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Playing Apart as “Playing Together”: Lou Harrison’s Threnody for Carlos Chávez for Gamelan and Viola

Playing Apart as “Playing Together”: Lou Harrison’s Threnody for Carlos Chávez for Gamelan and Viola rACHel CHACKo Playing Apart as "Playing together": lou Harrison's Threnody for Carlos Chávez for Gamelan and Viola on 22 February 2003, twenty days after the sudden death of lou Harrison, the first memorial tribute for this musical maverick took place at the university of California, Santa Cruz recital Hall. organized by musicologist/flutist leta e. miller and Harrison archivist Charles Hanson, the memorial honored Harrison's rich, art-filled life by intertwining many of his wide-ranging creative interests. Spoken reminiscences were joined with a display of several of Harrison's paintings, readings of his poetry, video presentations of dance performances for which Harrison had written the music, and performances of a handful of his compositions.1 music selections included an early work for flute and cello, a recently discovered piece for tubular bells (constructed by Harrison and his partner, william Colvig), a work for guitar, and a composition for piano. but it was the memorial's final performance--Harrison's Threnody for Carlos Chávez, played by Geraldine walther on viola and by Gamelan Sekar Kembar, directed by trish Neilsen--that best captured the complexity of Harrison's artistic vision. whether by happenstance or by design, Harrison's memorial service concluded with a piece that showed him at his least http://www.deepdyve.com/assets/images/DeepDyve-Logo-lg.png American Music University of Illinois Press

Playing Apart as “Playing Together”: Lou Harrison’s Threnody for Carlos Chávez for Gamelan and Viola

American Music , Volume 32 (4) – Jul 26, 2014

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University of Illinois Press
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Copyright © University of Illinois Press
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1945-2349
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Abstract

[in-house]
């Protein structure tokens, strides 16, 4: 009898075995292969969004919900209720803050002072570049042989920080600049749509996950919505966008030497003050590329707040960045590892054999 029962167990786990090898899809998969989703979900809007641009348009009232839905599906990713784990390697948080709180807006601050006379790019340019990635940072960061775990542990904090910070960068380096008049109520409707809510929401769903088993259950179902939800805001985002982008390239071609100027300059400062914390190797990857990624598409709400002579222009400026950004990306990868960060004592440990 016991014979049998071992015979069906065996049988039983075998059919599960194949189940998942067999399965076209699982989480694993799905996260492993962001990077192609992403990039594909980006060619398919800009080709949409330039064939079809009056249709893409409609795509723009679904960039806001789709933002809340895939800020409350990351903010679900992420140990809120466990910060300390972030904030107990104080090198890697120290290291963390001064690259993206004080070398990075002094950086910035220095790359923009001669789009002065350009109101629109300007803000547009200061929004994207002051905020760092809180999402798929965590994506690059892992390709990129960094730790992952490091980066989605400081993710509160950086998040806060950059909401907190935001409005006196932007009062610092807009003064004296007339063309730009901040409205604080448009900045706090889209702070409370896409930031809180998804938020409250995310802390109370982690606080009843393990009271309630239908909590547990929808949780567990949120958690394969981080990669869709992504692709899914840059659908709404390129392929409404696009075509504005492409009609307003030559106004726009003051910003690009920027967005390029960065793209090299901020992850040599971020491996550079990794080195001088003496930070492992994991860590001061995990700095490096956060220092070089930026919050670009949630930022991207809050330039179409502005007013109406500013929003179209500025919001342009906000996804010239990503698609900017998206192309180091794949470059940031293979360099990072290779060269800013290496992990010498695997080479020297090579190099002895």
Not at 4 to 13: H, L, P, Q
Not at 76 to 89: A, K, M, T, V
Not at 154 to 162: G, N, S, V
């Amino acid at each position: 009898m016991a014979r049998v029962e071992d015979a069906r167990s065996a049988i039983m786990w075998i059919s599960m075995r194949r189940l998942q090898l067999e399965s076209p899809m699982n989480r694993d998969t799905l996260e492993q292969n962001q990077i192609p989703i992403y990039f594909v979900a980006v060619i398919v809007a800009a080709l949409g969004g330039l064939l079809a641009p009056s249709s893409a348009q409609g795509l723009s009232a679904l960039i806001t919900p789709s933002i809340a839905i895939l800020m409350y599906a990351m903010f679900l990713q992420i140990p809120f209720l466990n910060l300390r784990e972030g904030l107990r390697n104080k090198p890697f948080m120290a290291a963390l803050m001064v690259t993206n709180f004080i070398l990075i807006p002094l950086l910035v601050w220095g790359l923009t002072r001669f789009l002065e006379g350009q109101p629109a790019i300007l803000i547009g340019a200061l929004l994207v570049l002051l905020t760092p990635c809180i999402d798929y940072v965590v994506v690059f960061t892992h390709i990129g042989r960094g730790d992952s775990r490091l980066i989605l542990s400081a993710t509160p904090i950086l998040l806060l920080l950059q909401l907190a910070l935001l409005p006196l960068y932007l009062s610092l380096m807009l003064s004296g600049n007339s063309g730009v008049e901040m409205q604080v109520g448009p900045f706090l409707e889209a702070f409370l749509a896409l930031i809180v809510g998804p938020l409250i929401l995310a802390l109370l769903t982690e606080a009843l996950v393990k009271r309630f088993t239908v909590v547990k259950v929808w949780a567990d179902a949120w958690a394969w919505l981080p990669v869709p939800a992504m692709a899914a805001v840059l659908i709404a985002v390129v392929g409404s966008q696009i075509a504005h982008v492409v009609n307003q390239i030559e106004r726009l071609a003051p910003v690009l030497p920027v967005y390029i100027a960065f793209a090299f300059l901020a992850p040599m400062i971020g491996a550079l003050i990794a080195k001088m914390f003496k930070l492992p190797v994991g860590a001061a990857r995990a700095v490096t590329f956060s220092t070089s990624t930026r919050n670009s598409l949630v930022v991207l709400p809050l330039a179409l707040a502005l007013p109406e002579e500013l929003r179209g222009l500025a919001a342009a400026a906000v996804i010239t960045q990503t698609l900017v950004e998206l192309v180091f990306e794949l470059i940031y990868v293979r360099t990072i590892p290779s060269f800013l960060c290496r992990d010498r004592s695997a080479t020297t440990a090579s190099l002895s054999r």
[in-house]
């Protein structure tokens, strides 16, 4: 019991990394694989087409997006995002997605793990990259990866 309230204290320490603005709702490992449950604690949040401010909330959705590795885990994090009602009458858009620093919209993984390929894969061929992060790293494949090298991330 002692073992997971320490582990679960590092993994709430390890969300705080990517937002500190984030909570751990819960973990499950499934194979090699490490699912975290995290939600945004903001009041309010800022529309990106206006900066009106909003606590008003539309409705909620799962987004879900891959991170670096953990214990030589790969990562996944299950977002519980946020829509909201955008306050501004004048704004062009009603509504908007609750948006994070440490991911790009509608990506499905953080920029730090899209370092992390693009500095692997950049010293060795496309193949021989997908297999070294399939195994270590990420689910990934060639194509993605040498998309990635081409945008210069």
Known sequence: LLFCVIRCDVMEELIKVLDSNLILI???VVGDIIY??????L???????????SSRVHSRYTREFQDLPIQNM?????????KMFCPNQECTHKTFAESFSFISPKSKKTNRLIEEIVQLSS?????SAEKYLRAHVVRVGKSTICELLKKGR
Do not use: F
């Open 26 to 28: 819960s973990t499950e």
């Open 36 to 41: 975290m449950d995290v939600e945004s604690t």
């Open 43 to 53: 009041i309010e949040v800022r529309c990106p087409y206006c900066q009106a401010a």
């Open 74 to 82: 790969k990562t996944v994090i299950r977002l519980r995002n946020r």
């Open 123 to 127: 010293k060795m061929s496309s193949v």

rACHel CHACKo Playing Apart as "Playing together": lou Harrison's Threnody for Carlos Chávez for Gamelan and Viola on 22 February 2003, twenty days after the sudden death of lou Harrison, the first memorial tribute for this musical maverick took place at the university of California, Santa Cruz recital Hall. organized by musicologist/flutist leta e. miller and Harrison archivist Charles Hanson, the memorial honored Harrison's rich, art-filled life by intertwining many of his wide-ranging creative interests. Spoken reminiscences were joined with a display of several of Harrison's paintings, readings of his poetry, video presentations of dance performances for which Harrison had written the music, and performances of a handful of his compositions.1 music selections included an early work for flute and cello, a recently discovered piece for tubular bells (constructed by Harrison and his partner, william Colvig), a work for guitar, and a composition for piano. but it was the memorial's final performance--Harrison's Threnody for Carlos Chávez, played by Geraldine walther on viola and by Gamelan Sekar Kembar, directed by trish Neilsen--that best captured the complexity of Harrison's artistic vision. whether by happenstance or by design, Harrison's memorial service concluded with a piece that showed him at his least

Journal

American MusicUniversity of Illinois Press

Published: Jul 26, 2014

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